Posted on 10/31/2017 by Dr. Franco
|There are two main types of materials used for dental implants, and here at BiteLock, Dr. Pedro Franco can help you decide which is best for you. For most, it is titanium, hands down. However, there are also reasons that you may not be able to, or may not desire to go that direction. We have compiled a general comparison as seen here, but our knowledgeable staff would be more than happy to answer any potential questions you may have about our implants and how they work.
Titanium Dental Implants
The most commonly used and versatile material is titanium. This is a metal implant that comes in two pieces, the post which lies below the gums’ surface, and the abutment which lies above. A titanium implant is a great option because it fuses easily with the bone in your jaw. It is not often rejected and provides a level of stability that may be unmatched and with proper care, can last a lifetime. We know more about titanium implants since they have been around for much longer than their ceramic counterpart.
Because of their two-part system, titanium implants offer a wider margin for error. Sometimes, implants are put it at a slight angle (this can be intentional because of bone density or for some reason accidental). With a titanium implant, we can create a custom support to repair it. With a one-piece system, that is entirely unrealistic. Titanium implants also boast the ability to have grafts done after their installation if need be. With a different system, this too can be unrealistic.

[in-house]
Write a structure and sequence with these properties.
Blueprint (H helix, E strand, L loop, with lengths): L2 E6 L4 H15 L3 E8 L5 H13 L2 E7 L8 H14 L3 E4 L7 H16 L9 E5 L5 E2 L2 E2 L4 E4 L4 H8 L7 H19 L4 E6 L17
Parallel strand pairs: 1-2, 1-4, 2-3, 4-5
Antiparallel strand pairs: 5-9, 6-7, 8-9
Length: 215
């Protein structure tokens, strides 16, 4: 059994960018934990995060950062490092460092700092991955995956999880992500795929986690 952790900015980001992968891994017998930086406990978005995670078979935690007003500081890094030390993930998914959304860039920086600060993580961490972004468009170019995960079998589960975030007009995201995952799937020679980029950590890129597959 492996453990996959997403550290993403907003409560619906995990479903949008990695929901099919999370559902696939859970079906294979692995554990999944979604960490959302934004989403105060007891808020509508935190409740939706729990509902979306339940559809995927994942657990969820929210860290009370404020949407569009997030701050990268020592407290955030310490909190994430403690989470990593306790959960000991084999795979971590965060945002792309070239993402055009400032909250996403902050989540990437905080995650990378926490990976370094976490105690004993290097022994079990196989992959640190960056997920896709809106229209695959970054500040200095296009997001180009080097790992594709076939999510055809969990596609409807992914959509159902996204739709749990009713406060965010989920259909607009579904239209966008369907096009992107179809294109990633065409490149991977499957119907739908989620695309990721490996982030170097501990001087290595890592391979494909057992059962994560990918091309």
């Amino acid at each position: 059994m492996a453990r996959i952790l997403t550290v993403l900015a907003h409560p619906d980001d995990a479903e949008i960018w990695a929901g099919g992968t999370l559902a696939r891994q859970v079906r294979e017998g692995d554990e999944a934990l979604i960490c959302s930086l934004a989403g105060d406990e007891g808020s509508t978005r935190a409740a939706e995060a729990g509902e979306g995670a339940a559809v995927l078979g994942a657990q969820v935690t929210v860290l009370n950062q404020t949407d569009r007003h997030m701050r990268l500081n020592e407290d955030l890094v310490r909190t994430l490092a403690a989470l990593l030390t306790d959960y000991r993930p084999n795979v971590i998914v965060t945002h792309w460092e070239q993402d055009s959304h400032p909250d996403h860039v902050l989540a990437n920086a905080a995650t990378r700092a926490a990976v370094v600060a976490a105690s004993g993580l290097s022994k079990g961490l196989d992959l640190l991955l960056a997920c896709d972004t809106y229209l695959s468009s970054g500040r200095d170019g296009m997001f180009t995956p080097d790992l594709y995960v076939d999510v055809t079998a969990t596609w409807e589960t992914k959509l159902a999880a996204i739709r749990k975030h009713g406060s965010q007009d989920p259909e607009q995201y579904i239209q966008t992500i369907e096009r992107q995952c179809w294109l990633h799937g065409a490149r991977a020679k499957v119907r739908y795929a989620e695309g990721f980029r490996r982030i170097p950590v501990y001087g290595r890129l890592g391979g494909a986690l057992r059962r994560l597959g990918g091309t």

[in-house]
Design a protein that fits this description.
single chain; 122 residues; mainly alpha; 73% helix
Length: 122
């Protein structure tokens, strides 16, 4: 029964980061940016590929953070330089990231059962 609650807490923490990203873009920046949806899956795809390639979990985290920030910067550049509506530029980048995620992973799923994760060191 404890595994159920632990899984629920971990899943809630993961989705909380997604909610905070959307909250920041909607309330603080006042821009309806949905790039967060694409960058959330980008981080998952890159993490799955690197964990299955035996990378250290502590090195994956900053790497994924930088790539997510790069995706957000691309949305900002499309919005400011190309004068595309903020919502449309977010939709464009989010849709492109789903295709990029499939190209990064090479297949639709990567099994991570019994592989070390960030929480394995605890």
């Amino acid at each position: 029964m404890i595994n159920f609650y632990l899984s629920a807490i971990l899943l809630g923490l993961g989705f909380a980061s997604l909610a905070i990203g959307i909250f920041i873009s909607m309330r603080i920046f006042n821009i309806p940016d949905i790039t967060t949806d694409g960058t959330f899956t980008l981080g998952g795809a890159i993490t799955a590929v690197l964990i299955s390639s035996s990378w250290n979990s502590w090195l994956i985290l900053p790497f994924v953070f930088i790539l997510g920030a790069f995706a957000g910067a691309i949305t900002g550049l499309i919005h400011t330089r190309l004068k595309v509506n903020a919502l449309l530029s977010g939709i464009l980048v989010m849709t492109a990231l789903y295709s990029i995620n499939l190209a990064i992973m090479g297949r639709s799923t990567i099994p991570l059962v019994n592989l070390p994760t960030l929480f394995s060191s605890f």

Zirconium Dental Implants
Zirconium is the other commonly used material. This is a ceramic appliance that comes in one solid piece. This means that the post portion lies beneath the surface of your gums while the rest resides above. This can lead to the potential for damage over time if it gets bumped while chewing or speaking, which can disrupt its fusion to your bone. It is also a newer material, so we do not know as much yet about its lifespan in comparison to that of titanium. There are several benefits to this piece, however.
For example, they are a white color and do not run the risk of ever being seen through the tissues of your gums in the way that a titanium may eventually do. There is also no risk of corrosion, which can come alongside the long-term use of a metal implant. Titanium implants can also be conductive to heat, and a zirconium implant does not run that risk. This is extremely rare to have anyone have a conductivity issue to the point that they can feel it, however, so be sure to know that. It is also a great option for the 4% of the population that is allergic to titanium.
Dr. Pedro Franco can help you to find the best implant selection for your personal needs, oral health goals, and cosmetic aspirations. At BiteLock, we know our practice inside and out, so we can answer any potential questions you may have.
PEDRO F. FRANCO, DDS
HOWARD B. PRICE, DDS
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